I have recently been consulting for a medium-sized publishing house who produce a range of printed magazine titles. As is the case with many print magazine and newspaper publishers, they have noticed a significant drop in subscriptions, retail sales and advertising revenue.
Because of their history as a print publisher, their websites have always been viewed as secondary to their print titles. New content is initially published in the printed magazine and then released to the website a month or so later. Very few resources are made available to the website. Articles are posted to the site by the same team that work on the magazine with little thought given as to how visitors may want to read, search or navigate their way through the articles.
Take a look at these charts showing the 5-year trend of people searching for popular topics on Google relative to the people searching for magazines on the same topic. Note, we are not comparing the number of people searching, only the trend of one compared to the other:
It is as clear as day that while fewer and fewer people are searching for print magazines, there is no less interest in the topics those same magazines cover. This same trend is seen on almost any topic you might care to research. How much more evidence do publishers need that the public are interested in their content but increasingly less interested in buying it in paper form?
Take a look at this fairly typical example of a website from a magazine publisher who stubbornly refuses to see the writing on the wall:
The website has little content of any real value. It serves largely to promote subscriptions to the printed magazine. The only real editorial content is a few aged articles written for print with titles that give little thought as to how people might search for, browse or access the content online. The design and usability of the site is poor. Even the most basic SEO techniques have been ignored including a lack of Meta descriptions on the article pages. Each page is plastered with obtrusive, animated ads that distract from the content. The reader’s forum resembles a ghost town where some of the “most recent” posts took place over 6 months ago.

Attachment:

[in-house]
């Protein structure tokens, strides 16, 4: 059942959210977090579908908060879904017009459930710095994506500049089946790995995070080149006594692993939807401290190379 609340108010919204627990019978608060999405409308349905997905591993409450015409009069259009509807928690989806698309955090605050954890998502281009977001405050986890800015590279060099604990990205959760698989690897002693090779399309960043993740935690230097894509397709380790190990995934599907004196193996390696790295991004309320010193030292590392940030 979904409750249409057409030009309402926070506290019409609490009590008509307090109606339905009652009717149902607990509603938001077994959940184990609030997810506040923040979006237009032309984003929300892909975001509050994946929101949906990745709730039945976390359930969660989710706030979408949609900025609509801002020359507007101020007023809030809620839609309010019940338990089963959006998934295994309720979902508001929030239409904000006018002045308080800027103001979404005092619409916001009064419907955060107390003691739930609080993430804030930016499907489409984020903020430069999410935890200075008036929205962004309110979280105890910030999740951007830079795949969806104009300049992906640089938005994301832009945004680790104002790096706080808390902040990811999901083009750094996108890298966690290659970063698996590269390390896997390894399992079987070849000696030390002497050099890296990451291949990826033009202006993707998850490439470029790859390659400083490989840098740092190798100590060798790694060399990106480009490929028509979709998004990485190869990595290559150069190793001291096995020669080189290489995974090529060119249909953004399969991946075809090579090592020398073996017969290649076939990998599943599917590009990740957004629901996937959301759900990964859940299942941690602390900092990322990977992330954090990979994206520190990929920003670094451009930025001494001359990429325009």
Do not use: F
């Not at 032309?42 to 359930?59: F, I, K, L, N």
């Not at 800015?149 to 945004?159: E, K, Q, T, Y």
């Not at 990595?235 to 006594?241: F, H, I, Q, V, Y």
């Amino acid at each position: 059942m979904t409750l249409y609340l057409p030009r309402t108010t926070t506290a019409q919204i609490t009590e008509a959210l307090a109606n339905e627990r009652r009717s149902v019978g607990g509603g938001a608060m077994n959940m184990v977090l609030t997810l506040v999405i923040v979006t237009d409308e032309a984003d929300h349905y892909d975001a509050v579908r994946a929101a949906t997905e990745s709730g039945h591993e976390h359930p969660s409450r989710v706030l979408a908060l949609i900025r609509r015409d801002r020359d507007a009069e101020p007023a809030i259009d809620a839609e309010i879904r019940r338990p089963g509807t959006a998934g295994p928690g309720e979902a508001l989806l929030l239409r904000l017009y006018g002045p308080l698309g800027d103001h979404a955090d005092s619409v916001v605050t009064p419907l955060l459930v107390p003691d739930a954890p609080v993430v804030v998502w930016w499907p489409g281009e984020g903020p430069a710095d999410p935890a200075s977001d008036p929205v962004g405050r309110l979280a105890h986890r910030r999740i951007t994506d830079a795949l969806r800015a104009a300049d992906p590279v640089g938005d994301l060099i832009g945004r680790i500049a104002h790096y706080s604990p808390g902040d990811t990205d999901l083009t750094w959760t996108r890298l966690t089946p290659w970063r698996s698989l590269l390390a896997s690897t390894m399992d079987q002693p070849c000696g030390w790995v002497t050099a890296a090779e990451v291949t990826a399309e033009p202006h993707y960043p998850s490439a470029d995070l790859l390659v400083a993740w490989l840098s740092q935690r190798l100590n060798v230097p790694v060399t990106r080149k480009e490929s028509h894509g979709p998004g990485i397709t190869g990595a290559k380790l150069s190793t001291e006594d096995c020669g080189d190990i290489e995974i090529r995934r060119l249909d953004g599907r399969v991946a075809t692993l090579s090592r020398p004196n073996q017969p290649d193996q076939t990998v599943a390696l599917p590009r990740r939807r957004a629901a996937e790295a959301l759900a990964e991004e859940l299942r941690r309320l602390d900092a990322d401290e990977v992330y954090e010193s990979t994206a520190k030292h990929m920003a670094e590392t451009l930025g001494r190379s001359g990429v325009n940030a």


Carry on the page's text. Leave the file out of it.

I don’t wish to pick on any individual title or any individual publisher. The ‘Men’s Running’ website is pretty typical of many small to medium-sized publishing houses in the UK. What does upset me is that working within each of these publishing companies is often a devoted team of writers and editors producing excellent work who care deeply about the future of their industry.
The owners of these companies watch their circulations decline month after month and become paralysed with the thought of investing additional resources in their websites. Some mistakenly believe that converting their print titles to PDF or In-design versions for tablets is the magic solution. Perhaps they still live in the misguided hope that their print circulations will eventually recover without requiring them to take even a single step outside of their comfort zone?
Just take a look at what happens when a publisher becomes truly enlightened:
The Esquire website is a quality product arguably better than the printed version of the magazine. The plentiful content is adapted for the medium, the advertising is unobtrusive, the design is clean, uncluttered and discoverable. The site is fully responsive; it reads equally well on a 30” monitor or a 5” smart-phone display. As a result, their organic search traffic has more than doubled in the past 12 months:
Your readers want to access your content on their laptops, tablets and smart-phones. Your advertisers want to promote their brands in a digital (and more measurable) format. Your writers want their creative content to be accessible to a global digital audience. Shnitzel Crespigny Shulman
This isn’t a decision about whether or not to invest in digital. It is a decision about whether you want your company to survive or die.
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